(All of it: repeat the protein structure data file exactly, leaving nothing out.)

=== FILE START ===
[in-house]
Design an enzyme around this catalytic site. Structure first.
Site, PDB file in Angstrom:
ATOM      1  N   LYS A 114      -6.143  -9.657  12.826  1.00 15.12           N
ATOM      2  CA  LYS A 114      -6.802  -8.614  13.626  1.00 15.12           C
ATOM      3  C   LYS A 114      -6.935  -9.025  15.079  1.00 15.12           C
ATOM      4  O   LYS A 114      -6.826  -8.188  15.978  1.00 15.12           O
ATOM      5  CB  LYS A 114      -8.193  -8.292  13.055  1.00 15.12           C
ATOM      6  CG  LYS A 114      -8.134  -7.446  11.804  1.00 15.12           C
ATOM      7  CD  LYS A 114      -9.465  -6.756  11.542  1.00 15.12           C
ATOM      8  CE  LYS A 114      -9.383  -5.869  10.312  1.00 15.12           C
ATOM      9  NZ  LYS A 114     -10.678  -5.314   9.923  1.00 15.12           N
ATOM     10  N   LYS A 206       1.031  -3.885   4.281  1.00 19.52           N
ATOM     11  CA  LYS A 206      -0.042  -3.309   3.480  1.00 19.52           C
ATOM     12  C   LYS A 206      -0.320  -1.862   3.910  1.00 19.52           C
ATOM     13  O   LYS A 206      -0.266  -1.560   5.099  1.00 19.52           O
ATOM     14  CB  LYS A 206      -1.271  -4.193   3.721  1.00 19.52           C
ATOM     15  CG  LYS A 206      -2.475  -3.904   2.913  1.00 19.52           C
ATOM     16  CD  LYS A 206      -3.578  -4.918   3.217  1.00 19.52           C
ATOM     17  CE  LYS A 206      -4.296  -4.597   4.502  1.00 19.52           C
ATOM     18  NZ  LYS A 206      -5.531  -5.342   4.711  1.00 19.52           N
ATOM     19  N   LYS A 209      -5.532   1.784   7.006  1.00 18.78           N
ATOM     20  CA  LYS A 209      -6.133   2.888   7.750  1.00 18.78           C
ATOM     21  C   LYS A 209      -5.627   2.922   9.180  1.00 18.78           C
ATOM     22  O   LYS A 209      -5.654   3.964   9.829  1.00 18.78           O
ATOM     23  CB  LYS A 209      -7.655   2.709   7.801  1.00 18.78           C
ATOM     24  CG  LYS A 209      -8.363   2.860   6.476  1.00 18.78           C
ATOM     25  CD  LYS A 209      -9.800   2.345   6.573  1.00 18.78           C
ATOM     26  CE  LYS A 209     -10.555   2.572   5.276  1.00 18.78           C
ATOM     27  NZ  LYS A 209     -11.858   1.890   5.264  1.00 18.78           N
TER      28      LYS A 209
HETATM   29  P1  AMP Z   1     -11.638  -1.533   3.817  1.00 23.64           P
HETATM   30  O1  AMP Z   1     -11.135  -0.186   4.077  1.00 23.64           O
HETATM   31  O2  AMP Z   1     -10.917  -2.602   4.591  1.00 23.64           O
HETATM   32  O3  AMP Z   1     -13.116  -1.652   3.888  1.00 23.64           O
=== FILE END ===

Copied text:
[in-house]
Design an enzyme around this catalytic site. Structure first.
Site, PDB file in Angstrom:
ATOM      1  N   LYS A 114      -6.143  -9.657  12.826  1.00 15.12           N
ATOM      2  CA  LYS A 114      -6.802  -8.614  13.626  1.00 15.12           C
ATOM      3  C   LYS A 114      -6.935  -9.025  15.079  1.00 15.12           C
ATOM      4  O   LYS A 114      -6.826  -8.188  15.978  1.00 15.12           O
ATOM      5  CB  LYS A 114      -8.193  -8.292  13.055  1.00 15.12           C
ATOM      6  CG  LYS A 114      -8.134  -7.446  11.804  1.00 15.12           C
ATOM      7  CD  LYS A 114      -9.465  -6.756  11.542  1.00 15.12           C
ATOM      8  CE  LYS A 114      -9.383  -5.869  10.312  1.00 15.12           C
ATOM      9  NZ  LYS A 114     -10.678  -5.314   9.923  1.00 15.12           N
ATOM     10  N   LYS A 206       1.031  -3.885   4.281  1.00 19.52           N
ATOM     11  CA  LYS A 206      -0.042  -3.309   3.480  1.00 19.52           C
ATOM     12  C   LYS A 206      -0.320  -1.862   3.910  1.00 19.52           C
ATOM     13  O   LYS A 206      -0.266  -1.560   5.099  1.00 19.52           O
ATOM     14  CB  LYS A 206      -1.271  -4.193   3.721  1.00 19.52           C
ATOM     15  CG  LYS A 206      -2.475  -3.904   2.913  1.00 19.52           C
ATOM     16  CD  LYS A 206      -3.578  -4.918   3.217  1.00 19.52           C
ATOM     17  CE  LYS A 206      -4.296  -4.597   4.502  1.00 19.52           C
ATOM     18  NZ  LYS A 206      -5.531  -5.342   4.711  1.00 19.52           N
ATOM     19  N   LYS A 209      -5.532   1.784   7.006  1.00 18.78           N
ATOM     20  CA  LYS A 209      -6.133   2.888   7.750  1.00 18.78           C
ATOM     21  C   LYS A 209      -5.627   2.922   9.180  1.00 18.78           C
ATOM     22  O   LYS A 209      -5.654   3.964   9.829  1.00 18.78           O
ATOM     23  CB  LYS A 209      -7.655   2.709   7.801  1.00 18.78           C
ATOM     24  CG  LYS A 209      -8.363   2.860   6.476  1.00 18.78           C
ATOM     25  CD  LYS A 209      -9.800   2.345   6.573  1.00 18.78           C
ATOM     26  CE  LYS A 209     -10.555   2.572   5.276  1.00 18.78           C
ATOM     27  NZ  LYS A 209     -11.858   1.890   5.264  1.00 18.78           N
TER      28      LYS A 209
HETATM   29  P1  AMP Z   1     -11.638  -1.533   3.817  1.00 23.64           P
HETATM   30  O1  AMP Z   1     -11.135  -0.186   4.077  1.00 23.64           O
HETATM   31  O2  AMP Z   1     -10.917  -2.602   4.591  1.00 23.64           O
HETATM   32  O3  AMP Z   1     -13.116  -1.652   3.888  1.00 23.64           O